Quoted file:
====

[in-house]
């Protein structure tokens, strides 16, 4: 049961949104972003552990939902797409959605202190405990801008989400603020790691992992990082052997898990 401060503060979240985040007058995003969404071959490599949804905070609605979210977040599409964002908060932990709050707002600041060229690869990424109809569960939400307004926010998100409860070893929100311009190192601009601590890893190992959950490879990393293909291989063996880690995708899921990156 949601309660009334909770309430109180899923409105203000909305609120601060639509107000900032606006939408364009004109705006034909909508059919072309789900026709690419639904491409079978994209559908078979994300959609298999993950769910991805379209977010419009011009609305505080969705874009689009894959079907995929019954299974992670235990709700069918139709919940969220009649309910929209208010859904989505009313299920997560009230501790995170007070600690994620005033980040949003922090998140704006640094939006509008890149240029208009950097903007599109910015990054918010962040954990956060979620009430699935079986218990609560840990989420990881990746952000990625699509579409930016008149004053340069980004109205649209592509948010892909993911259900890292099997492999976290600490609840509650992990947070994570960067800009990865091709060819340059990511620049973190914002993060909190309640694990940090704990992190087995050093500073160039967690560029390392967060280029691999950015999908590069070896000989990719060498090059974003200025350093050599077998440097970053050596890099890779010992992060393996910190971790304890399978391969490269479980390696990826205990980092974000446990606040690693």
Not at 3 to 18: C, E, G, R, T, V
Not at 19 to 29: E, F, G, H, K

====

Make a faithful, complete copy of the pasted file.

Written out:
[in-house]
């Protein structure tokens, strides 16, 4: 049961949104972003552990939902797409959605202190405990801008989400603020790691992992990082052997898990 401060503060979240985040007058995003969404071959490599949804905070609605979210977040599409964002908060932990709050707002600041060229690869990424109809569960939400307004926010998100409860070893929100311009190192601009601590890893190992959950490879990393293909291989063996880690995708899921990156 949601309660009334909770309430109180899923409105203000909305609120601060639509107000900032606006939408364009004109705006034909909508059919072309789900026709690419639904491409079978994209559908078979994300959609298999993950769910991805379209977010419009011009609305505080969705874009689009894959079907995929019954299974992670235990709700069918139709919940969220009649309910929209208010859904989505009313299920997560009230501790995170007070600690994620005033980040949003922090998140704006640094939006509008890149240029208009950097903007599109910015990054918010962040954990956060979620009430699935079986218990609560840990989420990881990746952000990625699509579409930016008149004053340069980004109205649209592509948010892909993911259900890292099997492999976290600490609840509650992990947070994570960067800009990865091709060819340059990511620049973190914002993060909190309640694990940090704990992190087995050093500073160039967690560029390392967060280029691999950015999908590069070896000989990719060498090059974003200025350093050599077998440097970053050596890099890779010992992060393996910190971790304890399978391969490269479980390696990826205990980092974000446990606040690693």
Not at 3 to 18: C, E, G, R, T, V
Not at 19 to 29: E, F, G, H, K